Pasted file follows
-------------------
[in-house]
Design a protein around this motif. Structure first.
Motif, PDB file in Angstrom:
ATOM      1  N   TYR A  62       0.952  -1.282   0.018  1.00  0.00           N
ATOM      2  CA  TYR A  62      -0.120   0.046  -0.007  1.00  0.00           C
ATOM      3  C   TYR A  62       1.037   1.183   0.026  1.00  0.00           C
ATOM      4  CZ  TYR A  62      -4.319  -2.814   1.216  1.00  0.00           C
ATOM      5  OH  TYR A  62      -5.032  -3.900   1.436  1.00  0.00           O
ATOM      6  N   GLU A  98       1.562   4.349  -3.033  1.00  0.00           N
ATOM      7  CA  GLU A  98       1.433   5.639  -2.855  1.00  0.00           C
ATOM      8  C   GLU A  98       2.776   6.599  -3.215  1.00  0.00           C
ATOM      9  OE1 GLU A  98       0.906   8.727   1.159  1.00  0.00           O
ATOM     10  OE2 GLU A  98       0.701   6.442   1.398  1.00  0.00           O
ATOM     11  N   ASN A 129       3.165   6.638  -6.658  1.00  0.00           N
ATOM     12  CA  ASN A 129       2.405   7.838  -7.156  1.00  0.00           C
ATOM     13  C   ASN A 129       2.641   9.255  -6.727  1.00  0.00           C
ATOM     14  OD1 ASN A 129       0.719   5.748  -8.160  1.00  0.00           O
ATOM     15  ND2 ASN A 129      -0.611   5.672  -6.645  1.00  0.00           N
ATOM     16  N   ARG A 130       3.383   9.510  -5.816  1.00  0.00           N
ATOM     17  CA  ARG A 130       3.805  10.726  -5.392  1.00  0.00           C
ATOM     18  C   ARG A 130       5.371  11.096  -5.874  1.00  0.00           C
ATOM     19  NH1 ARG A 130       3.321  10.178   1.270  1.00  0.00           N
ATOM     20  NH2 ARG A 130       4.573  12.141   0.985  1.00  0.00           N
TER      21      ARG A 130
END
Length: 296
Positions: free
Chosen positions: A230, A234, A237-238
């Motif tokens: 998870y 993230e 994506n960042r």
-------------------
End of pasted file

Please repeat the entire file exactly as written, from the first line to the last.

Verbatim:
[in-house]
Design a protein around this motif. Structure first.
Motif, PDB file in Angstrom:
ATOM      1  N   TYR A  62       0.952  -1.282   0.018  1.00  0.00           N
ATOM      2  CA  TYR A  62      -0.120   0.046  -0.007  1.00  0.00           C
ATOM      3  C   TYR A  62       1.037   1.183   0.026  1.00  0.00           C
ATOM      4  CZ  TYR A  62      -4.319  -2.814   1.216  1.00  0.00           C
ATOM      5  OH  TYR A  62      -5.032  -3.900   1.436  1.00  0.00           O
ATOM      6  N   GLU A  98       1.562   4.349  -3.033  1.00  0.00           N
ATOM      7  CA  GLU A  98       1.433   5.639  -2.855  1.00  0.00           C
ATOM      8  C   GLU A  98       2.776   6.599  -3.215  1.00  0.00           C
ATOM      9  OE1 GLU A  98       0.906   8.727   1.159  1.00  0.00           O
ATOM     10  OE2 GLU A  98       0.701   6.442   1.398  1.00  0.00           O
ATOM     11  N   ASN A 129       3.165   6.638  -6.658  1.00  0.00           N
ATOM     12  CA  ASN A 129       2.405   7.838  -7.156  1.00  0.00           C
ATOM     13  C   ASN A 129       2.641   9.255  -6.727  1.00  0.00           C
ATOM     14  OD1 ASN A 129       0.719   5.748  -8.160  1.00  0.00           O
ATOM     15  ND2 ASN A 129      -0.611   5.672  -6.645  1.00  0.00           N
ATOM     16  N   ARG A 130       3.383   9.510  -5.816  1.00  0.00           N
ATOM     17  CA  ARG A 130       3.805  10.726  -5.392  1.00  0.00           C
ATOM     18  C   ARG A 130       5.371  11.096  -5.874  1.00  0.00           C
ATOM     19  NH1 ARG A 130       3.321  10.178   1.270  1.00  0.00           N
ATOM     20  NH2 ARG A 130       4.573  12.141   0.985  1.00  0.00           N
TER      21      ARG A 130
END
Length: 296
Positions: free
Chosen positions: A230, A234, A237-238
């Motif tokens: 998870y 993230e 994506n960042r």